One of the most pleasant surprises to come out of last year’s Fantastic Fest was Liam Gavin’s A Dark Song, a stripped-down, no-nonsense horror movie about the perils of the occult. It was one of the most intriguing, unique, and creepy movies I saw in 2016…and soon, it will be one of the most intriguing, unique, and creepy movies you’ll see in 2017. You can watch the first trailer below.
A Dark Song is set almost entirely within a single house, where a grieving mother and a bad-tempered occultist are engaging in a ritual. But this isn’t just a quick magic spell accomplished with a few words and some candles – it’s a genuine ordeal, a process that requires many months, stringent rules, and an extreme attention to detail. Eventually, the reason why both of them are putting themselves through this ritual comes to light, but it’s an intense, unsettling, slow-burning experience that eases you into a mesmerizing world with as many ambiguous questions as answers.
The trailer itself is fine, but it’s hard to sell the film’s careful pace and keenly balanced tone. If this intrigues you, you can read my review from last year:
A Dark Song is a strong debut for Liam Gavin and it’s a breath of fresh air for occult movies in general. The film ultimately feels like a hybrid between Steven Soderbergh (a fascination with a specific process and the kind of professionals who can pull said process off) and James Wan (scary things in a creepy house make you wet your pants). It’s an utterly unique film that uses its slow pace to lay the dread on thick and and build its characters so it can turn around and tear everything down in the homestretch. And the ending, which will surely prove divisive, is an audacious choice for a genre so often built on nihilism. A Dark Song may be a hard-edged and occasionally difficult movie, but it has soul.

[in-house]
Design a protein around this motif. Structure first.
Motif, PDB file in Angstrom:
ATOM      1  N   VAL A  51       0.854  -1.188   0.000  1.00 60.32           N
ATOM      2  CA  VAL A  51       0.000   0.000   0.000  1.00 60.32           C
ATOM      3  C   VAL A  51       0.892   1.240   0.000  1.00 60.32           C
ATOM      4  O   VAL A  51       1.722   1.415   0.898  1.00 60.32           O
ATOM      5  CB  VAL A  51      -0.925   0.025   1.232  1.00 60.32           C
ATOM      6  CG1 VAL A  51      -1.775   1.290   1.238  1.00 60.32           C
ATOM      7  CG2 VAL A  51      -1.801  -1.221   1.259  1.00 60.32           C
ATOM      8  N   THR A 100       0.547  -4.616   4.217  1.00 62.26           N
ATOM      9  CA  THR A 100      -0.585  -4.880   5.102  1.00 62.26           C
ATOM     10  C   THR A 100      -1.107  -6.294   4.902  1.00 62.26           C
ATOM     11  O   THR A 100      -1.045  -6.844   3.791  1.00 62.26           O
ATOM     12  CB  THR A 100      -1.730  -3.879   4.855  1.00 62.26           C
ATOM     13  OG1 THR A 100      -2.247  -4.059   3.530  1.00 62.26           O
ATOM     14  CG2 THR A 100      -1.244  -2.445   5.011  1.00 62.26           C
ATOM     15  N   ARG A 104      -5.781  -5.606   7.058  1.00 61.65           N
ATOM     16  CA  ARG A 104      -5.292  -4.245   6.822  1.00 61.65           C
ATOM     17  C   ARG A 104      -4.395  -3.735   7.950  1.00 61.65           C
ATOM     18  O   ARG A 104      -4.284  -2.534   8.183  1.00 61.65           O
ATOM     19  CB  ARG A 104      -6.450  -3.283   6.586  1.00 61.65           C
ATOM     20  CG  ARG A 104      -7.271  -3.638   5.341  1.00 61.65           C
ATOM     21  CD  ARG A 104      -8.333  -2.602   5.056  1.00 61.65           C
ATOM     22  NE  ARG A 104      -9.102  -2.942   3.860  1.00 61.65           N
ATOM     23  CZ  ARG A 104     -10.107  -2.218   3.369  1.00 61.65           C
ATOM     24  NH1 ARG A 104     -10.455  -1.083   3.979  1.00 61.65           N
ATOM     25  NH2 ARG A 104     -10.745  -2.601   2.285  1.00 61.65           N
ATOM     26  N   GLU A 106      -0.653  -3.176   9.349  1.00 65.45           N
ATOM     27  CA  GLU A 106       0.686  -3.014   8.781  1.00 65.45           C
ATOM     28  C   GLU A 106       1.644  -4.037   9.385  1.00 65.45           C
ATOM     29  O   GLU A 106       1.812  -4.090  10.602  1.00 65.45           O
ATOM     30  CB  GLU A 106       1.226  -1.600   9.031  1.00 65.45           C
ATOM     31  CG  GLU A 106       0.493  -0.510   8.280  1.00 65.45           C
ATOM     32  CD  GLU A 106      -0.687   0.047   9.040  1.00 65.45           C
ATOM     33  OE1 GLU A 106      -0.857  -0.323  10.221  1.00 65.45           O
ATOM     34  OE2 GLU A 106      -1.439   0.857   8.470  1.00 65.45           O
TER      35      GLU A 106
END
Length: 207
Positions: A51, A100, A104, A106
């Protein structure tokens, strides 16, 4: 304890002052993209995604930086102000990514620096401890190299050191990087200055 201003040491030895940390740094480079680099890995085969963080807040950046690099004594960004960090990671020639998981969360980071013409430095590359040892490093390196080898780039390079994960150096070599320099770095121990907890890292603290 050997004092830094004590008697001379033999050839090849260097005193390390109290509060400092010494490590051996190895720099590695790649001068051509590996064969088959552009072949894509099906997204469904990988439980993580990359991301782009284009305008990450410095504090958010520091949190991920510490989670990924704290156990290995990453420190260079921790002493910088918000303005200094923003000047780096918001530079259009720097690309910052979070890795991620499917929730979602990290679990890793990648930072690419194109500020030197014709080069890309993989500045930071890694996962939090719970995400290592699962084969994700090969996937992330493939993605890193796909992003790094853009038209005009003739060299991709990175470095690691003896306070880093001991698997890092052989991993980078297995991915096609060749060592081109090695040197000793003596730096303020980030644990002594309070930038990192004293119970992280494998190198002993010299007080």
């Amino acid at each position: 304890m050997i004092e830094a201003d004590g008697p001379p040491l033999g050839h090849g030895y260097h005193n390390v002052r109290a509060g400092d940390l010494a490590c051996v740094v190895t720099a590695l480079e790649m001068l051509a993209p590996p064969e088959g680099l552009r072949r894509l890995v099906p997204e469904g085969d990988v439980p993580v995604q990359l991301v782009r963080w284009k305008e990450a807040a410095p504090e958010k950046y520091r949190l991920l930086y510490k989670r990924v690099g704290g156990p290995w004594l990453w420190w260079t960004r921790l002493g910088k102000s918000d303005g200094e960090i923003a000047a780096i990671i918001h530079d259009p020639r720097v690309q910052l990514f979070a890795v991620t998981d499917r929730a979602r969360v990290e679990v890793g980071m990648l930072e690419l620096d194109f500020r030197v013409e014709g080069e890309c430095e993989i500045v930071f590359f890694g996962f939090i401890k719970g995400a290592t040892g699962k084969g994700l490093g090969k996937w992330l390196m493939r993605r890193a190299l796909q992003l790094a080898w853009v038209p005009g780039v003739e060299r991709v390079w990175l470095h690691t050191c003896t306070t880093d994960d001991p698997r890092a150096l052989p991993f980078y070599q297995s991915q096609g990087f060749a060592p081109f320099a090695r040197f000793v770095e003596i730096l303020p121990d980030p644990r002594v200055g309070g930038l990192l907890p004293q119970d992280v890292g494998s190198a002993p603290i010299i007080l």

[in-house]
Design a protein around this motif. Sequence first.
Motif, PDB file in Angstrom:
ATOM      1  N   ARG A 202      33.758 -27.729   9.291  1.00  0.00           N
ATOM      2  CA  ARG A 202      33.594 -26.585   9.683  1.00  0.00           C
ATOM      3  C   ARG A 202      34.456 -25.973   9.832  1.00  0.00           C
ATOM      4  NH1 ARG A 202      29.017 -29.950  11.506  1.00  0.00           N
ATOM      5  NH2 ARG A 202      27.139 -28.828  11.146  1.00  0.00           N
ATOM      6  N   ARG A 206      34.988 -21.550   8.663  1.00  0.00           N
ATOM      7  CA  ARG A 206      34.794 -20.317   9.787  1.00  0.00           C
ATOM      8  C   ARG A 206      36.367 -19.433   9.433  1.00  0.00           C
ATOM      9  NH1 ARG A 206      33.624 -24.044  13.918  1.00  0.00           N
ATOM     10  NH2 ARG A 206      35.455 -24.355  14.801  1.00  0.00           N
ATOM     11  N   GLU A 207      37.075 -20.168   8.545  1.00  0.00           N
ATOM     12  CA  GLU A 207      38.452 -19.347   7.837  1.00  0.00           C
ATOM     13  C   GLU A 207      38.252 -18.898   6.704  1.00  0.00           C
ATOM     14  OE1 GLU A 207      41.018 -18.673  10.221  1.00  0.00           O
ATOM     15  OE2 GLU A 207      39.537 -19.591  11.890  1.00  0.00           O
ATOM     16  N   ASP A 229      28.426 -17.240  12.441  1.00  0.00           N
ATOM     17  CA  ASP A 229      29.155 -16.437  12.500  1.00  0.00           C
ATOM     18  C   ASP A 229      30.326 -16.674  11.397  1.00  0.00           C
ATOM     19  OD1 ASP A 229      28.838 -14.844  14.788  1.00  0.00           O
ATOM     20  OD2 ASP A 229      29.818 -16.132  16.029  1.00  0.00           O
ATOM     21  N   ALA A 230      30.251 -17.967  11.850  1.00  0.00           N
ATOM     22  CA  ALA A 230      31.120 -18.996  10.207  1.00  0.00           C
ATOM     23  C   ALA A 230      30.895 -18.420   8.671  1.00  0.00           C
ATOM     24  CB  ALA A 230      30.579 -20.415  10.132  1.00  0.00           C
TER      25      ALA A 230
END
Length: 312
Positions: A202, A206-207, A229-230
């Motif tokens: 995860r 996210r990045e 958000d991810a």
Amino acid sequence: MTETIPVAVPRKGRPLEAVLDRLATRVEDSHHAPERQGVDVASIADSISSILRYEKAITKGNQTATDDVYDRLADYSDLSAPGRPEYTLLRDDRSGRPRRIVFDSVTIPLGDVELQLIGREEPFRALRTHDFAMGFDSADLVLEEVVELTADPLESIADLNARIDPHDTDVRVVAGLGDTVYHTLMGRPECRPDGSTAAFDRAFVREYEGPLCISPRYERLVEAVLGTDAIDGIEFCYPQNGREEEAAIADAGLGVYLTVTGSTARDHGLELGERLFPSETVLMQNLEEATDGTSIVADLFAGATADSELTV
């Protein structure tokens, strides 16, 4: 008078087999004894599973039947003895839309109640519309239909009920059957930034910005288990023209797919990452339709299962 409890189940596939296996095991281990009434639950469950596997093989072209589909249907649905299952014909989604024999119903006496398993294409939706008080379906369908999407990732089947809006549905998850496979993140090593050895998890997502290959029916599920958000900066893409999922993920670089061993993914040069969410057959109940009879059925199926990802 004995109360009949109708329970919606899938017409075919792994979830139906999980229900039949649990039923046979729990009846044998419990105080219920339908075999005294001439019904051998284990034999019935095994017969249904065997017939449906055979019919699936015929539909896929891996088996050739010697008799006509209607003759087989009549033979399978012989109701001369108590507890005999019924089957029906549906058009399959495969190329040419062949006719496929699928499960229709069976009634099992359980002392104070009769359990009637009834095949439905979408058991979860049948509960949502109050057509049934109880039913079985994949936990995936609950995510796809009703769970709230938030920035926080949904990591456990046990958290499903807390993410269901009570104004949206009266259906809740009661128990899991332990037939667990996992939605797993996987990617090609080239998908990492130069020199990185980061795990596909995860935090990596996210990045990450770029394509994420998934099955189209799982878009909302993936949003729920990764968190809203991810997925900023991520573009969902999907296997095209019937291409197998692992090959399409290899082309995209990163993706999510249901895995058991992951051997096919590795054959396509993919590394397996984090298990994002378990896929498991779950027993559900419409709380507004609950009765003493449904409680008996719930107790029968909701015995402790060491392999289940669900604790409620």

IFC Midnight will release A Dark Song in select theaters, on VOD, and for digital download on April 28, 2017. While it makes for a fine theater experience, this is a movie that may play better at home…as long as you turn out every single light and give it your full, undivided attention.
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An unholy alliance between two damaged souls leads them on a disturbing descent into the depraved realms of black magic. Sophia (Catherine Walker) is a grieving and desperate woman with a secret. Joseph (SIGHTSEERS’ Steve Oram) is an anti-social, alcoholic expert in the occult who reluctantly agrees to help her. Holed up in a remote cabin amidst the desolate wilds of Northern Wales, the two embark on a grueling six-month series of dark rituals that will push them both to the physical and psychological breaking point. The debut feature from rising horror auteur Liam Gavin sustains an air of quietly creeping dread as it builds towards one hell of a payoff.